It’s Tuesday, Feb. 4, and I’m sitting in my office at the Journal watching someone walk along 4th Street, strewing garbage as he goes: paper plates, empty milk cartons, a jar of honey, a mustard bottle. Normally I’d go out and say something to the scofflaw, who is doing all this in broad daylight, but I remain inside.
There are also several people walking past the office, more than I’d usually see on a typical Tuesday. The strange thing is that it’s the same people again and again, as if they’re caught in a version of the film Groundhog Day. Their pace never varies, and their route never alters. Again, this would usually strike me as suspicious, but again I stay silent.
I also resolve to stay quiet about the two industrial garbage bins which have sprung up beside the Mascon building and across the lane from the Journal building. Both are overflowing with large black garbage bags that are clearly filled with rubbish; old tires and wooden pallets are stacked nearby.
If you haven’t already guessed, it all means that after three weeks of prep work, filming has started on the episode of The Twilight Zone being shot in Ashcroft. The garbage spread over the sidewalks and streets is obviously part of the scene; at the end of the afternoon a crew member with a garbage bag picks it all up. The passers-by are extras, one of them my friend Jim Mertel, who says he’s having a lot of fun. The garbage containers and assorted rubbish are set dressing, designed to lend artistic verisimilitude to the scene.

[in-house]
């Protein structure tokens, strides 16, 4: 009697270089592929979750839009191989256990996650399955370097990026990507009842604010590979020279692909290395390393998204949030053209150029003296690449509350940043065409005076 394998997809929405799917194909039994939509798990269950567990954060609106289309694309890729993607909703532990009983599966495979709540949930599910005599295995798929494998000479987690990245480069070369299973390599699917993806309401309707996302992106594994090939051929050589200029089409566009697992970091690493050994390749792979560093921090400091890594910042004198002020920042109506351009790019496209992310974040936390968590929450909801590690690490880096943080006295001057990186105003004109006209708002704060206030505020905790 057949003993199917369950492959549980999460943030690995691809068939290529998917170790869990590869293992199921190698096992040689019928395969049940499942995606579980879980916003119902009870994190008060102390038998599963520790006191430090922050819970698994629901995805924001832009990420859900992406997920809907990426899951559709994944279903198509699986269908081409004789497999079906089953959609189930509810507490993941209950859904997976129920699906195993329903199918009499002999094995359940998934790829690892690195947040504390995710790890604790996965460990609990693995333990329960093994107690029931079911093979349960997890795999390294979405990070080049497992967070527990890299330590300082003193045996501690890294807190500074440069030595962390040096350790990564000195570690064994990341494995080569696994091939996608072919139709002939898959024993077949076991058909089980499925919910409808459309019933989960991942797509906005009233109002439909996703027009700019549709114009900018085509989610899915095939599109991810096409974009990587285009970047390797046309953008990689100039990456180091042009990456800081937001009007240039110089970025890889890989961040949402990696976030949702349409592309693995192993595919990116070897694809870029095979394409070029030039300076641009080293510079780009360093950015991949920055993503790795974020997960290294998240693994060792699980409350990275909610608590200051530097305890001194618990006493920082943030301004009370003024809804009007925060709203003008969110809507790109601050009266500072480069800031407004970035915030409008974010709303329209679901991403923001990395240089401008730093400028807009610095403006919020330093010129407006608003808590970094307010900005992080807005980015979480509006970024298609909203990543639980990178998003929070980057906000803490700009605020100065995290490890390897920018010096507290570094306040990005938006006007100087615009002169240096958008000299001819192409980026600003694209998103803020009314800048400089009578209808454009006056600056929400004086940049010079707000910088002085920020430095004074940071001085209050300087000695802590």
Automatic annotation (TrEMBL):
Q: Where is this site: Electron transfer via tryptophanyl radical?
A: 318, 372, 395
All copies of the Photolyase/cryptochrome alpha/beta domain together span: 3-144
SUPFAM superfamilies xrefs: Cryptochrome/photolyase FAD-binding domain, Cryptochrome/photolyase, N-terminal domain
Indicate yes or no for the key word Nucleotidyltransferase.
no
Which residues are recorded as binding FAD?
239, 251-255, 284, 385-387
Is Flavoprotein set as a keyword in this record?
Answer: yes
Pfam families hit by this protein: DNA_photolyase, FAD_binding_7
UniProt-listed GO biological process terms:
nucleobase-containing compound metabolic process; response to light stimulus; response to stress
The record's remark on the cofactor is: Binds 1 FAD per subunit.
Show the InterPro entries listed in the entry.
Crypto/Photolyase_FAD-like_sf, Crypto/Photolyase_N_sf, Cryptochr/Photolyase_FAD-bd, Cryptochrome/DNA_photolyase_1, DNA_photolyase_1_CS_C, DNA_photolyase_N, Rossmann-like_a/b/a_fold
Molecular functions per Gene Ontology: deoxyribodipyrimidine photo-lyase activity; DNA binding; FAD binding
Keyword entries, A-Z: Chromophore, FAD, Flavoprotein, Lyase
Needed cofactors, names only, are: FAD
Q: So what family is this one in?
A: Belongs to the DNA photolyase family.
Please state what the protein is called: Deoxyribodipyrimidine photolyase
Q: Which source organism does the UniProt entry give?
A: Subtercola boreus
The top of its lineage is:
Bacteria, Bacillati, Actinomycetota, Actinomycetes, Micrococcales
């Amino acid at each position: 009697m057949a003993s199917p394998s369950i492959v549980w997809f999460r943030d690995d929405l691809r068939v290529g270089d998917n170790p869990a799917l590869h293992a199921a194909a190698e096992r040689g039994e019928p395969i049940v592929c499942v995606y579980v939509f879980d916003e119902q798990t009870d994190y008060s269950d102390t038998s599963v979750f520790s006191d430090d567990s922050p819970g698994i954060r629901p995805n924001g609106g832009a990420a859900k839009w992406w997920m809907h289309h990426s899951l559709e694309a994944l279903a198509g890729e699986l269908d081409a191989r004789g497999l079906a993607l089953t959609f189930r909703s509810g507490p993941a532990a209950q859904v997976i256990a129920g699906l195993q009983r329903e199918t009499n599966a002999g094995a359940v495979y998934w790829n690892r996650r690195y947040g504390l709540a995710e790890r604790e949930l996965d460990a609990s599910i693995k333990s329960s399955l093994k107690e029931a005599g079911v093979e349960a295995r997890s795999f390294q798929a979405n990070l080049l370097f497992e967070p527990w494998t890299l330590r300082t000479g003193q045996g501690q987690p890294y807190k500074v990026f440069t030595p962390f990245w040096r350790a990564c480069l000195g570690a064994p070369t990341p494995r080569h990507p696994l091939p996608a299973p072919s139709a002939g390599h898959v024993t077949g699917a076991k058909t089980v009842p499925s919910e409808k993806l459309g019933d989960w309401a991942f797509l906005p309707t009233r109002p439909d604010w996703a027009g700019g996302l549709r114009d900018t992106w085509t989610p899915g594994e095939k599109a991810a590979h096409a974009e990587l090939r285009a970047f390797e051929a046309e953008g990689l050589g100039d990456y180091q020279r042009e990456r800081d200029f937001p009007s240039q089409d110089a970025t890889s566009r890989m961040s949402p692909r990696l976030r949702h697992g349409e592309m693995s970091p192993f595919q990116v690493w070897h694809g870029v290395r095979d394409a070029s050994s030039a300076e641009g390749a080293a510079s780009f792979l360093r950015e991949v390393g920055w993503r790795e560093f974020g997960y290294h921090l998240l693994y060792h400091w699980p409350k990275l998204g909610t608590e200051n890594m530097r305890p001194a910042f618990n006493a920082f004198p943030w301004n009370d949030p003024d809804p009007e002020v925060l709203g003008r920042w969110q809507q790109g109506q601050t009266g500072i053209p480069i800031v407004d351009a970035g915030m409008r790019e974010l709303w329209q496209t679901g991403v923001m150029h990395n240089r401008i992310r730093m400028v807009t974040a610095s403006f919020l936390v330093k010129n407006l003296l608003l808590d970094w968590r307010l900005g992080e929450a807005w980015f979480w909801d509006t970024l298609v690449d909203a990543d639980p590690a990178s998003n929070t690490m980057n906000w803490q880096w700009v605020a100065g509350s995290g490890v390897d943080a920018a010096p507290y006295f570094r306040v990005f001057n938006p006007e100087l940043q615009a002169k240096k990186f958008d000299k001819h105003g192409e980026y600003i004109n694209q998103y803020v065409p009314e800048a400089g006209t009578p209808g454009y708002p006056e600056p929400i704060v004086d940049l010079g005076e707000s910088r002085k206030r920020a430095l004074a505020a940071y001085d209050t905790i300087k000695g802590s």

The street has been humming with activity since early morning, and before filming starts I take the opportunity to brave the cold and see what they’ve done to the buildings on 4th. The Ashcroft Museum is an apartment building, which apparently has rooms to let. The Mascon building is an insurance agency which has clearly gone bust, as a large sign in the window reads “Price Reduced – FORECLOSURE – Bank Owned”. The Journal building has also obviously seen better days; a sign on the second storey identifies it as the Littleton Standard building, but signs in the windows read “Retail For Lease”. Is the Standard another victim of changing patterns in how people get their news?
Lawn signs urge people to vote “Conley for Mayor”. A rusted swing-set and two old bikes decorate the lawn of the blue building at the corner of 4th and Brink. Residential garbage cans are dented and dinged; a greenhouse on the lawn of the church has rust stains running down the glass panes. The “Diner” sign that has appeared beside the post office is badly faded and needs a coat or two of paint. A handful of 1970s-vintage cars, all of which could do with some TLC, are angle-parked on 4th.
The overall impression is that of a small town that has perhaps seen better days and is now going slightly to seed. Whether or not this is borne out by the script remains to be seen, but it all looks good on the ground, and when I have a chance to meet the set designer I congratulate him on the job he’s done setting the scene. “Good set design is like good editing,” I note. “If it’s done well, you shouldn’t notice it,” and he nods.
It all looks very impressive, and a far cry from the street’s usual appearance, which returns to something like normal at the end of the day as equipment is trundled away and the crew disperses. What it will look like on the screen remains to be seen, but it will be interesting comparing what I watch on my television with what I watched being filmed in real life, and even more interesting to see a part of Ashcroft I know particularly well preserved for posterity on film. It won’t be Ashcroft, of course, just a version of a small part of it, but I guess that’s what happens when you enter the Twilight Zone: almost nothing is as it seems.